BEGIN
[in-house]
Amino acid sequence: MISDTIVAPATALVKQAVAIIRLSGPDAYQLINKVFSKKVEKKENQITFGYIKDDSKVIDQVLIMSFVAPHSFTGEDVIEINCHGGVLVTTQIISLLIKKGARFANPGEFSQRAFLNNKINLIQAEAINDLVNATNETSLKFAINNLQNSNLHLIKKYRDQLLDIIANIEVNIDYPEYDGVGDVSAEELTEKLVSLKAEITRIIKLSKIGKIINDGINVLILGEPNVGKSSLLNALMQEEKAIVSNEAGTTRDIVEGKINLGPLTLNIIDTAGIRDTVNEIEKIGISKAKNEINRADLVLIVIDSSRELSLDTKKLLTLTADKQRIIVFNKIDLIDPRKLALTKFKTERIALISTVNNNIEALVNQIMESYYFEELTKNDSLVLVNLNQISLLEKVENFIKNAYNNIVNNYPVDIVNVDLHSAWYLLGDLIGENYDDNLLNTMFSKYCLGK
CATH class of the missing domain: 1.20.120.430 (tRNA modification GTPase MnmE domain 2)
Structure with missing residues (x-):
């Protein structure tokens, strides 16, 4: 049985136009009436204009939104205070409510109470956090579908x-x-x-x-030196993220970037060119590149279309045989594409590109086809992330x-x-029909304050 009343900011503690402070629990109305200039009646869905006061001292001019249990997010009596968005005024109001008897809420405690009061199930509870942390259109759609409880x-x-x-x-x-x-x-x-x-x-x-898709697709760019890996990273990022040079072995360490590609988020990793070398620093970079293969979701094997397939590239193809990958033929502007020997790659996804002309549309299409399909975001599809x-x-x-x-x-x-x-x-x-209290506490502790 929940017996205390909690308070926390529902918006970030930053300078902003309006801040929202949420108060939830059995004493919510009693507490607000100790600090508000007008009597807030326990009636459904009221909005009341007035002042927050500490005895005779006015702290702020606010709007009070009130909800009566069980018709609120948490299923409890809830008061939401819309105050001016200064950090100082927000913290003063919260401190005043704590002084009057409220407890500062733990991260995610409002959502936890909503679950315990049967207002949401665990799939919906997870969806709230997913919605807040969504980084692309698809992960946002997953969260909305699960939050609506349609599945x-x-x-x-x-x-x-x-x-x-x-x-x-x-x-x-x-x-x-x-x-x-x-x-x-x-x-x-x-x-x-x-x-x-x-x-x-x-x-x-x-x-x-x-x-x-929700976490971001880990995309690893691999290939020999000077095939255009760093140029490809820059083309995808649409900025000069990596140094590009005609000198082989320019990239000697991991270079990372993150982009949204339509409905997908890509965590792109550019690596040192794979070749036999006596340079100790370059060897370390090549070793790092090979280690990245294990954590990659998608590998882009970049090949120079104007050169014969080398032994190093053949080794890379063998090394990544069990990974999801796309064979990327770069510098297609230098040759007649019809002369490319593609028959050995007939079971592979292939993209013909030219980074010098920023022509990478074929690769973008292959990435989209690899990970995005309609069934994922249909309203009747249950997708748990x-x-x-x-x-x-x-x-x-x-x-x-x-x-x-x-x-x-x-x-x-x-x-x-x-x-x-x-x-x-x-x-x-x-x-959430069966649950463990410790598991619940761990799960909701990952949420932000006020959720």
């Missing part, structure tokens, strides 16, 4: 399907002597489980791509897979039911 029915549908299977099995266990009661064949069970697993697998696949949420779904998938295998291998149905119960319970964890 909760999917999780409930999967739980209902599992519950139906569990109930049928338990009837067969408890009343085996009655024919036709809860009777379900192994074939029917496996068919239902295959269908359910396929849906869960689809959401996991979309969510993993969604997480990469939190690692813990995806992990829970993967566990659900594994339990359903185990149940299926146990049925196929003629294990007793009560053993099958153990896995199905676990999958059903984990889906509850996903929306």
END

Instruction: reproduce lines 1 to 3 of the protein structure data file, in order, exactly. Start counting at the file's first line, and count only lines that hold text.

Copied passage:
[in-house]
Amino acid sequence: MISDTIVAPATALVKQAVAIIRLSGPDAYQLINKVFSKKVEKKENQITFGYIKDDSKVIDQVLIMSFVAPHSFTGEDVIEINCHGGVLVTTQIISLLIKKGARFANPGEFSQRAFLNNKINLIQAEAINDLVNATNETSLKFAINNLQNSNLHLIKKYRDQLLDIIANIEVNIDYPEYDGVGDVSAEELTEKLVSLKAEITRIIKLSKIGKIINDGINVLILGEPNVGKSSLLNALMQEEKAIVSNEAGTTRDIVEGKINLGPLTLNIIDTAGIRDTVNEIEKIGISKAKNEINRADLVLIVIDSSRELSLDTKKLLTLTADKQRIIVFNKIDLIDPRKLALTKFKTERIALISTVNNNIEALVNQIMESYYFEELTKNDSLVLVNLNQISLLEKVENFIKNAYNNIVNNYPVDIVNVDLHSAWYLLGDLIGENYDDNLLNTMFSKYCLGK
CATH class of the missing domain: 1.20.120.430 (tRNA modification GTPase MnmE domain 2)